In 2009 The Hangover was a surprise hit, the key word there being "surprise." It wasn't just that nobody was expecting much out of this R-rated comedy starring three guys we'd barely heard of, but that every outrageous turn in the movie felt out of the blue, from the genius idea of setting the film a day after a wild night to the much-discussed closing credits showing us everything the guys had forgotten. Even the jokes and plot points that weren't so original had enough raunchy energy to fake it, and the movie was a hit not just because it was one of the funniest mainstream comedies in years, but was gutsy enough to be one of the weirdest too.
Which makes it a complete and utter mystery why they decided to retrace their steps on The Hangover Part II, not a continuation of the story as the title promises but a soulless and badly unfunny retread of everything that worked the first time. You'd think the slew of credited screenwriters had been forced to rush this out and just copy the original script as quickly as possible, but in fact more than a year passed between The Hangover's smash success and the start of production on this sad mess. It's hard to know who to blame for the idiotic decision to give audiences exactly what they liked the first time and expect a change in location to make enough of a difference, but the result doesn't just feel like a callow cash grab, but an insult to the audience who would pay for this pale, lifeless imitation.
It's almost not worth summing up the plot, both because you've seen all of this before in a different city, and because too many details would spoil the handful of jokes that do come as genuine, funny surprises. Phil (Bradley Cooper), Stu (Ed Helms) and Alan (Zach Galifianakis) are all back in more or less the same form, this time trekking off to Thailand for the wedding of Stu, who at the end of The Hangover was looking like'd make it work with Heather Graham's sweet hooker, but just two years later is engaged to equally sweet Lauren (Jamie Chung), whose parents insisted on a Thailand wedding. It's not worth speculating too much on why the switch happened, but it's more than a little icky that Chung is a full nine years younger than Helms, an age difference never explained because the movie is never too interested in her having a personality at all. Same goes for any other female character in the movie, or lack thereof, a complaint lobbed fairly at The Hangover that nobody even bothers to fix here.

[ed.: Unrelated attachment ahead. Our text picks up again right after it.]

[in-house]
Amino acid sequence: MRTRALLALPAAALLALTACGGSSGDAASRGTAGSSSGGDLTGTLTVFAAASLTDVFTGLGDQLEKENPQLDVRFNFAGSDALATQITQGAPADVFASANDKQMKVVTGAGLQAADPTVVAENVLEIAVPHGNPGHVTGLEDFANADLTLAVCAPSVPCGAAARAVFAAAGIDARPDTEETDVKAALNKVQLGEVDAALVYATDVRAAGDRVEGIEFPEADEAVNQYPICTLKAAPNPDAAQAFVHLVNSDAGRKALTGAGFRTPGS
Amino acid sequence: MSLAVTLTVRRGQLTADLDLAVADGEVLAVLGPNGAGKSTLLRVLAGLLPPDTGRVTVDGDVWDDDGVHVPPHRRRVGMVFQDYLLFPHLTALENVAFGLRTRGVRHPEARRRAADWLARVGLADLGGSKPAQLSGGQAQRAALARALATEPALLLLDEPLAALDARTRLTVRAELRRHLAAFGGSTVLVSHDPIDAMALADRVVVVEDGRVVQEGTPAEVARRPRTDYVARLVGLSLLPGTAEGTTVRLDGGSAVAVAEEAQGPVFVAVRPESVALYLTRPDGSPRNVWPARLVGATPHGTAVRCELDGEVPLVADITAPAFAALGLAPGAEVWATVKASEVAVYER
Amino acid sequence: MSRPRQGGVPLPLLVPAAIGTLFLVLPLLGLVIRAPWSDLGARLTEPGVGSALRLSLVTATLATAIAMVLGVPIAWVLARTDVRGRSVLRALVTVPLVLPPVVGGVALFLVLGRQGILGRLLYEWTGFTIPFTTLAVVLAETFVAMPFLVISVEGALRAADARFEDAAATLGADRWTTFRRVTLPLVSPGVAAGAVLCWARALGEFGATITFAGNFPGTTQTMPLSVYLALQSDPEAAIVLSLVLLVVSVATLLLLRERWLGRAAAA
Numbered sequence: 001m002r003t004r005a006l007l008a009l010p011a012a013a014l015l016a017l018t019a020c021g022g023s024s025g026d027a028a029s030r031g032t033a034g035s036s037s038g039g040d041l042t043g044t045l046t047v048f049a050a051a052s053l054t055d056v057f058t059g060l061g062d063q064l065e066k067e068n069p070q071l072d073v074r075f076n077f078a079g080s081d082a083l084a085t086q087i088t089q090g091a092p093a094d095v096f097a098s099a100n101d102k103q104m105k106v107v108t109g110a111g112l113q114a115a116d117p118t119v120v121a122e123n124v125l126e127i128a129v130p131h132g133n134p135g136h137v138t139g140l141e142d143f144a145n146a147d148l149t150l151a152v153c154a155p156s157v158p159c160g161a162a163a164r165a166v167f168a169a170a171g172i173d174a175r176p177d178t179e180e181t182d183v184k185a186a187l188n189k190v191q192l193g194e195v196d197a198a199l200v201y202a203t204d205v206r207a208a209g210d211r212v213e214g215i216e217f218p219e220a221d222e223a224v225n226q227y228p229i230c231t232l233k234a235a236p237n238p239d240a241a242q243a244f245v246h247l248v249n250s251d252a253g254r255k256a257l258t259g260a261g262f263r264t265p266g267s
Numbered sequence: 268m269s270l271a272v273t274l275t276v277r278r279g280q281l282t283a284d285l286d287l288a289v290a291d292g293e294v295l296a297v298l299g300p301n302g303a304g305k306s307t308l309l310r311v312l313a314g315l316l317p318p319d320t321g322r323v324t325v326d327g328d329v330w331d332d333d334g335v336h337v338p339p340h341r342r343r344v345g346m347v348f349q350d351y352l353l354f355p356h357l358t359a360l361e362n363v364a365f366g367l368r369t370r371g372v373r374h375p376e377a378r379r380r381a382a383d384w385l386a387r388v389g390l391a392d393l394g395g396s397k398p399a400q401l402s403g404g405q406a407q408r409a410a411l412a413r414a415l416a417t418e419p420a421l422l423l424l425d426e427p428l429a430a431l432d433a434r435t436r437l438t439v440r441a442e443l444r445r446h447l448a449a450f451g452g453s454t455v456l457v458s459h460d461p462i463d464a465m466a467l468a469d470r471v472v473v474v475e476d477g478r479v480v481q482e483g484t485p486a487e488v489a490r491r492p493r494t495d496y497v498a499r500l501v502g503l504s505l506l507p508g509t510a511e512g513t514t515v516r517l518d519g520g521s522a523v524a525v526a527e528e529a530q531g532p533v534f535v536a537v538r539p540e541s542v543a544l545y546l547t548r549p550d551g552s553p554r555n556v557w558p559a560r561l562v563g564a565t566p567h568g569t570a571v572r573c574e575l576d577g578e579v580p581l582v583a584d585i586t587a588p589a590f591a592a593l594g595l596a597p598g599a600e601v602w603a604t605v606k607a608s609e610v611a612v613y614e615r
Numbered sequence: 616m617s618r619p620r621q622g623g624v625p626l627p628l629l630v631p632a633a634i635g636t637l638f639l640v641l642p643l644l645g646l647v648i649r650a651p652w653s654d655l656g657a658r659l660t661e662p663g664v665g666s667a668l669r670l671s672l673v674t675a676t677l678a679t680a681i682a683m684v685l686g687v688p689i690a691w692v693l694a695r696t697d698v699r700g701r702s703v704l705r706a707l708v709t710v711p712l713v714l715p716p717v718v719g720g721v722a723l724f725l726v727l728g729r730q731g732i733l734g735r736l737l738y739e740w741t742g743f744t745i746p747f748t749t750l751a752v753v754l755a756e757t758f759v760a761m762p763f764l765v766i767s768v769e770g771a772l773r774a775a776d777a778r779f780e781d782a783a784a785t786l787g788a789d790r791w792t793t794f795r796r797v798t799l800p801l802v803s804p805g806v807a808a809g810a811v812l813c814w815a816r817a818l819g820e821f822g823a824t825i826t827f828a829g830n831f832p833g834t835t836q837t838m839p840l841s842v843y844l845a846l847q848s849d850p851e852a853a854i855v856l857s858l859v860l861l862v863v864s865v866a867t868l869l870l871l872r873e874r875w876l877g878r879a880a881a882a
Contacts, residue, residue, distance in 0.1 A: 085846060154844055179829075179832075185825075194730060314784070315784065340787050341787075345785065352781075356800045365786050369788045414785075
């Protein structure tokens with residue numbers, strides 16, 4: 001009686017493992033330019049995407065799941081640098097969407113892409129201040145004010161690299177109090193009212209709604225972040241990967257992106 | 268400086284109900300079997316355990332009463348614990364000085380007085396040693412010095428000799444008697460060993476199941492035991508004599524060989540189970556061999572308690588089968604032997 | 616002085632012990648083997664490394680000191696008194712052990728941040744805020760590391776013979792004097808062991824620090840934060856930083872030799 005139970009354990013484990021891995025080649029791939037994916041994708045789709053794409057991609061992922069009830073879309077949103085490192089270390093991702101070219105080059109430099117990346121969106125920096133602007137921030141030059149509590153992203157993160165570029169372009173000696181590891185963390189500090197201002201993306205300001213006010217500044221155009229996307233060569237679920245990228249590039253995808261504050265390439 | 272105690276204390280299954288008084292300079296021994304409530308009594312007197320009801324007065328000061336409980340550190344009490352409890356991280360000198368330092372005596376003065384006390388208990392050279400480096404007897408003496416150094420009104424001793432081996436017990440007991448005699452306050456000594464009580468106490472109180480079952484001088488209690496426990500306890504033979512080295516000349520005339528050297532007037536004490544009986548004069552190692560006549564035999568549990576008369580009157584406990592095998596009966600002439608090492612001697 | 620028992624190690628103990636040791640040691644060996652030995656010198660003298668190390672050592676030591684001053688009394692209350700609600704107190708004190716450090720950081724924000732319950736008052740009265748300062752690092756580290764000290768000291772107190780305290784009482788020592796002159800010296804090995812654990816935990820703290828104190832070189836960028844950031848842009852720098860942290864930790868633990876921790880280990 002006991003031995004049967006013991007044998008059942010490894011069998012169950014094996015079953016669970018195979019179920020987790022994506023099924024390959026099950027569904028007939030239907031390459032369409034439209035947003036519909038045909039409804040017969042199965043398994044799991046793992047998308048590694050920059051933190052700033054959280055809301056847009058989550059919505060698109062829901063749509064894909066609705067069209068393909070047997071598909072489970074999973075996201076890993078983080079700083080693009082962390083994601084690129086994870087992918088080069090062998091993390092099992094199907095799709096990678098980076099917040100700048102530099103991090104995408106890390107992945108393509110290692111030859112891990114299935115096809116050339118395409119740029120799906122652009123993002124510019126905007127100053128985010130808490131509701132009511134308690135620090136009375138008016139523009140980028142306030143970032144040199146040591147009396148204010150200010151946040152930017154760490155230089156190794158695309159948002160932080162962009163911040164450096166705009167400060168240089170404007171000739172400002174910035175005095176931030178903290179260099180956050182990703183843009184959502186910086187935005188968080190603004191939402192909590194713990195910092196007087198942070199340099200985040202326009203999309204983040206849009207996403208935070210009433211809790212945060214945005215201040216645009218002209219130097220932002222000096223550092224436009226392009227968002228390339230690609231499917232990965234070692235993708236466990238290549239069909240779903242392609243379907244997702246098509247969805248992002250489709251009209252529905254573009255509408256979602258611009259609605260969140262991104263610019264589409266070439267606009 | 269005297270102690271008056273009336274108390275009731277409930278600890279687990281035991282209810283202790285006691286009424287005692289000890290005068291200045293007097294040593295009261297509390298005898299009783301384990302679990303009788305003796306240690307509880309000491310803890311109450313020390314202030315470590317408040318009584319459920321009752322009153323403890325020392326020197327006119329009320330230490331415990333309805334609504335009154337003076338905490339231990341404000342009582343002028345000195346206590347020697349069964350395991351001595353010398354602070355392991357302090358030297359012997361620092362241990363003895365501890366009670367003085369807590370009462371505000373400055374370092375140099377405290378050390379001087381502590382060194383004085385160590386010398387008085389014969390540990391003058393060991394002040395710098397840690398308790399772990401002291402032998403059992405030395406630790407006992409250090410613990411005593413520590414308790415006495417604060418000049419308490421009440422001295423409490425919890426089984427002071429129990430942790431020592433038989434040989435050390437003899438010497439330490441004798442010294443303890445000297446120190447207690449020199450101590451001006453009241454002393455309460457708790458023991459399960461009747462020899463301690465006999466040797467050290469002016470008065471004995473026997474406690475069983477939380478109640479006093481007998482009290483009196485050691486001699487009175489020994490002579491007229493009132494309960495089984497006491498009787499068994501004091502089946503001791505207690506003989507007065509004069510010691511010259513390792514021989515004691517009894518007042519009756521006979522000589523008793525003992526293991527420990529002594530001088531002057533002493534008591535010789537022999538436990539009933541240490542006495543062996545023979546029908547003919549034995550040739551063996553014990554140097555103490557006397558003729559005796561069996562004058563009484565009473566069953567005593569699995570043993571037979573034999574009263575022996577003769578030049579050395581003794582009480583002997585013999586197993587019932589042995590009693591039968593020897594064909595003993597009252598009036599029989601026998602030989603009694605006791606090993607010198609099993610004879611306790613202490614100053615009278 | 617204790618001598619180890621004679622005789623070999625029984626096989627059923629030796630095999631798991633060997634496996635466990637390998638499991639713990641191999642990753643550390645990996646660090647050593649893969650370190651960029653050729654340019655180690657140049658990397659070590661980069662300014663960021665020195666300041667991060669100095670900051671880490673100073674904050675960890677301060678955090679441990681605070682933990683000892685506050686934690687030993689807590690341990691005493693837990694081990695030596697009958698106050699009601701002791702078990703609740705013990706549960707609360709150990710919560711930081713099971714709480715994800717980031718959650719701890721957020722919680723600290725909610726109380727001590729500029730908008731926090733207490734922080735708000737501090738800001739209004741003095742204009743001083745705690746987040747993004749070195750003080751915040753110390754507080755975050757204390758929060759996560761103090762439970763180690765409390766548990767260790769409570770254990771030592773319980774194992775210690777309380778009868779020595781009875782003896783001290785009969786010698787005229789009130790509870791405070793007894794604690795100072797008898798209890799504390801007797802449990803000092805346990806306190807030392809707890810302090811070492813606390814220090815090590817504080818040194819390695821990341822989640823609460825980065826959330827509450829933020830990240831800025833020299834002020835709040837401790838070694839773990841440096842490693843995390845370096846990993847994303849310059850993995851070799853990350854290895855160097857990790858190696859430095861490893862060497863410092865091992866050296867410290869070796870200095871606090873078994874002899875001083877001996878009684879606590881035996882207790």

The wedding is taking place at a lavish resort, but two days before the gang wakes up in a seedy Thai hotel, knowing they've misplaced Lauren's 16-year-old brother Teddy (Mason Lee) and somehow in the company of Ken Jeong's loudmouthed gangster from the previous film, Mr. Chow (Justin Bartha's Doug had the sense to sit the night out; at least the actor got a trip to Thailand out of the deal). Once again Stu, Alan and Phil try to piece together the previous night and find their missing friend; once again they wander through the dark underbelly of a given city, and once again any number of ludicrous complications, from a silent monk to an international arms detail, make it a difficult task. Unlike last time, though, none of it's all that funny, not just because the element of surprise is gone, but that the actors seem to be overcompensating for the lack of originality by dialing their characters up to 11. Cooper smirks and curses, Helms squawks and panics, Galifianakis utters non-sequiturs and pops out of his novelty T-shirts, all louder and less subtle than the first time; Jeong is an even bigger problem as Chow, a shrill character far more effective in small doses, or in this case probably none at all.
Todd Phillips directs with a slick, loose attitude that's perfectly in sync with the film's few moments of goofy debauchery, but his style still worked far better in the first film, which had an actual script to back it up. And neither he nor his marooned actors does a single thing to add imagination or spark to a sequel that seems actively disdainful of its audience, assuming we're so easy to please or so dumb that we won't notice there's nothing new here. The Hangover Part II is definitely not the first Hollywood sequel to try something so cynical, but based on the quality of what came first, is among the most disappointing.